The wedding vows are a serious thing. They are an expression of your social and emotional (and also religious, if you are a believer) commitment to a fellow human being, to someone you love and hold very dear. So when preparing your vows, you should try to express you true feelings in them.
Indeed, difficulties and frustrations often visit us, many times in our lives. Our married lives often falter and stumble on these stumbling blocks. But all might go well if only we remembered our marriage vows and acted according to them. That is why it's important to say what you really mean, and to keep believing in it.
As wedding ceremonies become more and more varied, wedding vows are also taking on many shapes and attitudes. There are traditional vows and modern-style vows, Christian vows and those taken from wedding ceremonies of other communities.
For example, consider this wedding vow of the Apache Indians.
“Now we will feel no rain or cold, for each of us will provide shelter and warmth to the other. Now we shall be lonely no longer, each being companion of the other. For the two of us, there's only one life ahead. May our journey through life in the coming years be filled with happiness and beauty.”
These are simple words, but they reflect the very essence of what it is to marry. If you'd like to follow the heartfelt vows of these simple people of nature, you could model your vows upon this example.
You could also decide that other people, more skilled than you at words, have penned their feelings about love and marriage far better than you ever could. If you want to fashion your wedding vows after poets, consider a sonnet by Shakespeare, no.116, that starts with “Let me not to the marriage of true minds / Admit impediments.” He goes on to say that true love is something that doesn't alter over time, and doesn't jump around from person to person. It is the fixed, unmoving pole star to all who are emotionally lost or distressed, and shows them the way to a safe port. Though physical beauty fades with the passage of time, still love remains unchanged, undiminished, because it depends not on your looks but on your heart.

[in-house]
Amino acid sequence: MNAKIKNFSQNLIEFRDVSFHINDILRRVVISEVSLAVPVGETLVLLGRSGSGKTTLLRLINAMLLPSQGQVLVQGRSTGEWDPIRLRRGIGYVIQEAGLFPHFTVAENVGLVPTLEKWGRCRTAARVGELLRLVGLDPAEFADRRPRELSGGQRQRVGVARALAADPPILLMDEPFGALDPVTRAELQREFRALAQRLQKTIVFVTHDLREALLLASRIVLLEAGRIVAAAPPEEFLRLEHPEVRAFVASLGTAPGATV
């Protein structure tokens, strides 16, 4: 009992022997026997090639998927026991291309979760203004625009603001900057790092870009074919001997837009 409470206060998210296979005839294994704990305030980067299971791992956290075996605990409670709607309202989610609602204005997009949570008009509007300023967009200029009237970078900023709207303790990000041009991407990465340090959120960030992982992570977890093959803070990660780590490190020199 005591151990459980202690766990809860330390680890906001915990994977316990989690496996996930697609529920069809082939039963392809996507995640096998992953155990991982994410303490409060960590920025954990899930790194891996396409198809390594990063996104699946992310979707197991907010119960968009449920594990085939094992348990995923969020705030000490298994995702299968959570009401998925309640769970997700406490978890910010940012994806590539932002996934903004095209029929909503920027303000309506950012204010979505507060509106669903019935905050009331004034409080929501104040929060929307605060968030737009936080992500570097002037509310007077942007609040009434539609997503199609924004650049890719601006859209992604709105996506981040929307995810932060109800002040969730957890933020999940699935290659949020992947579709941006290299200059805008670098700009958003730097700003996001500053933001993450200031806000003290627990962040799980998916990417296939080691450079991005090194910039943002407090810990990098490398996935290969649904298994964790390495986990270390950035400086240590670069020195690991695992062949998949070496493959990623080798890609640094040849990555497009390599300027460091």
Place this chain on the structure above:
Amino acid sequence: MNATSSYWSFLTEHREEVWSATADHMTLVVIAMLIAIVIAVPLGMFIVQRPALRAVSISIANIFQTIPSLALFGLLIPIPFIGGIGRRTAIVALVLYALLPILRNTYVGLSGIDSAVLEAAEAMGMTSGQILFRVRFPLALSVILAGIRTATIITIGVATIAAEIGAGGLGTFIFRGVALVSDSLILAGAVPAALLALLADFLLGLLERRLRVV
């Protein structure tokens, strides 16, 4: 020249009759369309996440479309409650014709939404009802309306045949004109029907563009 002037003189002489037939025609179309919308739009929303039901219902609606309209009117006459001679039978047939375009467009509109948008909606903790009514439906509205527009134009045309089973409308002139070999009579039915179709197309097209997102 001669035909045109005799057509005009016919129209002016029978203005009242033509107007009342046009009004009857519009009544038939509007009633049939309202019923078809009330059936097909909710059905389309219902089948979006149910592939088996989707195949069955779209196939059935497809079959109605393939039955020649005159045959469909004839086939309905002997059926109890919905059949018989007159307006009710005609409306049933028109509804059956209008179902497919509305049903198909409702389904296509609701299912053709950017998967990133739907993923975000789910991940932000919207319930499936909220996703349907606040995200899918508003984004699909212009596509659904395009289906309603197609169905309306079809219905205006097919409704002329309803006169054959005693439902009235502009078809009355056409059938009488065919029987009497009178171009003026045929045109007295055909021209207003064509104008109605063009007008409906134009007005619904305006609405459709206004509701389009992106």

Such is the ideal love that people about to get married should aim for. Such is the devotion and the dedication that joins two people together for life, never to willingly part again.
Some people like it traditional, and would want to stick to a Biblical model. The vows from the Book of Common Prayers declare that marriage is a sacrament that is given to mankind by God, and with God as their witness the willing persons are united to each other for life.
Whatever your wedding vows say, make sure that they are a true picture of your heart and your mind. If you are sincere with your vows, they will become a great source of strength to you in times of stress and difficulty, and stand you in good stead all your life.